Debt is about as American as hot dogs, apple pie and Harrison Ford.
We see it everywhere. We all know someone who has been paying on their school here’s a test loans for an eternity or who never seems to be done paying their credit card bills. And while we can pass the blame around for our country’s obsession with debt all day long, our politicians haven’t been much better. Few have ever met an expense they didn’t like, and the idea of a balanced budget in Washington is about as foreign as an American tourist on the moon.
As we move closer to the November election, we decided to take a look into the history of our nation’s debt, using some of America’s more notable presidents—those featured on our currency—as milestones along the way.
Here’s what we found.
George Washington, America’s first president who’s also on the dollar bill, kicked off the country’s debt obsession. When he left office in 1796, America had already accumulated nearly $84 million of debt. That didn’t take long!
By the time Thomas Jefferson left office in 1808, the national debt had actually decreased to $65 million. In fact, during Jefferson’s eight years in office, the debt dropped around $18 million. So not only was President Jefferson an amazing writer, an expert horticulturist, and the face of the $2 bill, but he also knew a little bit about money management.
Andrew Jackson killed $58 million of debt in just seven years. He definitely earned his famous face appearing on the $20 bill! Jackson accomplished the debt payoff mainly by selling western land and blocking nearly every spending bill that came his way.
For a while, the country was even operating under a surplus. A surplus! But then Jackson divided up the profits among the states, the state banks printed way too much money, and the country headed into a brutal depression.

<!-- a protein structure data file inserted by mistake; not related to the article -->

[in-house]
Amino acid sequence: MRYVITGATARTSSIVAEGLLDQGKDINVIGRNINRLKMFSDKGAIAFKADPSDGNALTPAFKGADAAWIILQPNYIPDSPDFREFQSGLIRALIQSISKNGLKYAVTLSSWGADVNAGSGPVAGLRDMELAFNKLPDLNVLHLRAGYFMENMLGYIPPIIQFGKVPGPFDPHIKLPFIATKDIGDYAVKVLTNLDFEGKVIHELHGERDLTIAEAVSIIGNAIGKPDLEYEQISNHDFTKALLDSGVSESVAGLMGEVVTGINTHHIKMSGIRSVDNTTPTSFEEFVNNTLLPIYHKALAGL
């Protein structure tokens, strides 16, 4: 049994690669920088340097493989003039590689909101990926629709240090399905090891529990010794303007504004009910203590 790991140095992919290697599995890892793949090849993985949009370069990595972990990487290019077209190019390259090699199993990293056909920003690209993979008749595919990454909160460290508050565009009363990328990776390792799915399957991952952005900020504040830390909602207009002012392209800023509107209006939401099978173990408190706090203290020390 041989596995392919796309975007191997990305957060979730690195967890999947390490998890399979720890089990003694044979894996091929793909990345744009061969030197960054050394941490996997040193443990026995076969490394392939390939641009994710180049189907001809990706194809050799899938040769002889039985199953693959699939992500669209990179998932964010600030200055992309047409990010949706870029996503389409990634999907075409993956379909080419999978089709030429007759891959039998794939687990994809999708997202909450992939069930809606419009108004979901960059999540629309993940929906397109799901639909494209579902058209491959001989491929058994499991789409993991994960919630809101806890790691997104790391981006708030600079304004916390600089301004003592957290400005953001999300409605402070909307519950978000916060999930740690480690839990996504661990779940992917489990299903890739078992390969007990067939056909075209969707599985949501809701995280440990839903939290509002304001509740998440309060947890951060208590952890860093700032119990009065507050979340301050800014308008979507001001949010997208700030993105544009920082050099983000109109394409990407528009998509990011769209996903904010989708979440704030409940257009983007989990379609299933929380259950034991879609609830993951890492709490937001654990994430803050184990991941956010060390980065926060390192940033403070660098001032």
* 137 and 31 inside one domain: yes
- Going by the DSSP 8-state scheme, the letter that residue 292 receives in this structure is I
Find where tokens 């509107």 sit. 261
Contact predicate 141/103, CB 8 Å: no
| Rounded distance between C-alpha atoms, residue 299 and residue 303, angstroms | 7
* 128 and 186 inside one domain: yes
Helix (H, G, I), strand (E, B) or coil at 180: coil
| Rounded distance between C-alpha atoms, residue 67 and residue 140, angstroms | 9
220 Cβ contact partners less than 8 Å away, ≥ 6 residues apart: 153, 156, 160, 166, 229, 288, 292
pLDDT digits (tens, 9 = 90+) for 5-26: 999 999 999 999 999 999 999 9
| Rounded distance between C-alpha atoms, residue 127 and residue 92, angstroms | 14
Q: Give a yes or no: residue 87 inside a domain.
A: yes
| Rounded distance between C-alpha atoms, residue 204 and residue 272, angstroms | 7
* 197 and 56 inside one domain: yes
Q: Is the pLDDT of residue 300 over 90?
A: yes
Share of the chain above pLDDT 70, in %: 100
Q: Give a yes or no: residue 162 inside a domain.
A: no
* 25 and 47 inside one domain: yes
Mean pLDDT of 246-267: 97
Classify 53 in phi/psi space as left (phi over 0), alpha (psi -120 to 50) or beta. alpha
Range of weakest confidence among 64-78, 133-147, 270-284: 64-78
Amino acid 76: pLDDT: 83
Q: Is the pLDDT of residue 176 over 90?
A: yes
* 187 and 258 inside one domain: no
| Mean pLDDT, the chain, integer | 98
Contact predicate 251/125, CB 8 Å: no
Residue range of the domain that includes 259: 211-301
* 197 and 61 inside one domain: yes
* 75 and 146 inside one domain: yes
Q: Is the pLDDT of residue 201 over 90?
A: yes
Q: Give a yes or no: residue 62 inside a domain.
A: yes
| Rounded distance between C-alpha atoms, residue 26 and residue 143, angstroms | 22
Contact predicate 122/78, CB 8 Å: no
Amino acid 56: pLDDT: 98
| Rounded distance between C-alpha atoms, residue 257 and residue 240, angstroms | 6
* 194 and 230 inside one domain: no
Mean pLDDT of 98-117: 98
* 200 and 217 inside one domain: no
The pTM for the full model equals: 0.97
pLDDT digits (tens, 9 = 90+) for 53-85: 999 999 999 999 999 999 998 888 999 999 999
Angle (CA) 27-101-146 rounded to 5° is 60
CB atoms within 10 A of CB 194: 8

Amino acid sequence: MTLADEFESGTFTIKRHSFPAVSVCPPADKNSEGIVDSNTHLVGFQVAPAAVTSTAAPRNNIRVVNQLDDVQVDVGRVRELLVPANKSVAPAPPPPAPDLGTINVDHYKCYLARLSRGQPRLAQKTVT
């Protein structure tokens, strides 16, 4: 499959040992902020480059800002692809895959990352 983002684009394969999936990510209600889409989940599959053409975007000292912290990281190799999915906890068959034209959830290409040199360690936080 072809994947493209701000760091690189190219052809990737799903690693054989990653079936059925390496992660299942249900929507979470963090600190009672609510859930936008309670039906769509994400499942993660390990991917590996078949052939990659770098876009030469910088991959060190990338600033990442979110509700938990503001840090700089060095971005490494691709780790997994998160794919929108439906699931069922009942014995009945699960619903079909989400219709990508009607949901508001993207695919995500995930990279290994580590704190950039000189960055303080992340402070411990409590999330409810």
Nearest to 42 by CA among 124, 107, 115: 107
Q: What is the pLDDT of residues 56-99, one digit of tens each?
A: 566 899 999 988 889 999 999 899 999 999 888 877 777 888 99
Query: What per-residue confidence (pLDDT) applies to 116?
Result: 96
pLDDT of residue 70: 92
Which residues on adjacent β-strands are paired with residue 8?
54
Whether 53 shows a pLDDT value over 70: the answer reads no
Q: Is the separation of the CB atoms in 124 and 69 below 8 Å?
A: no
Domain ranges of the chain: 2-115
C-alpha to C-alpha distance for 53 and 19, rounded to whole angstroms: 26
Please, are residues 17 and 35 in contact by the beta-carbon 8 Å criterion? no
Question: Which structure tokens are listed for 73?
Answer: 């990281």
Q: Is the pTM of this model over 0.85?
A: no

Almost anyone can identify Abe Lincoln as the face of the penny and the $5 bill. He was also the president when the Civil War began in 1861. Abe’s presidency began with just over $90 million of national debt. Thanks to the war, that number skyrocketed to $1.8 billion by the time of his death in 1865. To give you some perspective, that’s a 2,700% increase! America has never recovered from that surge.
Ulysses S. Grant
Ulysses S. Grant, the face of the $50 bill, took office in 1869. When he left in 1876, the national debt stood at $2.2 billion, a number that stayed pretty steady until Woodrow Wilson arrived on the scene in 1913.
The next national debt explosion occurred during World War II. Franklin Roosevelt, who you might recognize from the dime, was president from 1933 until 1945. The debt rose from $22 billion to $201 billion during that time. That number hasn’t decreased since.
American Debt Today
These days, the national debt continues to grow like weeds on an overgrown lawn. It’s actually in the trillions now. Our debt has risen from $2 trillion in Ronald Reagan’s tenure to $5 trillion during Bill Clinton’s to $19.3 trillion under President Obama. And who knows where our national debt will go once the new president gets elected in November?
Here’s some good news, though. Just because Washington, D.C. has no idea how to balance a budget or cut spending doesn’t mean you have to follow in their footsteps. You don’t have to embrace debt as a way of life.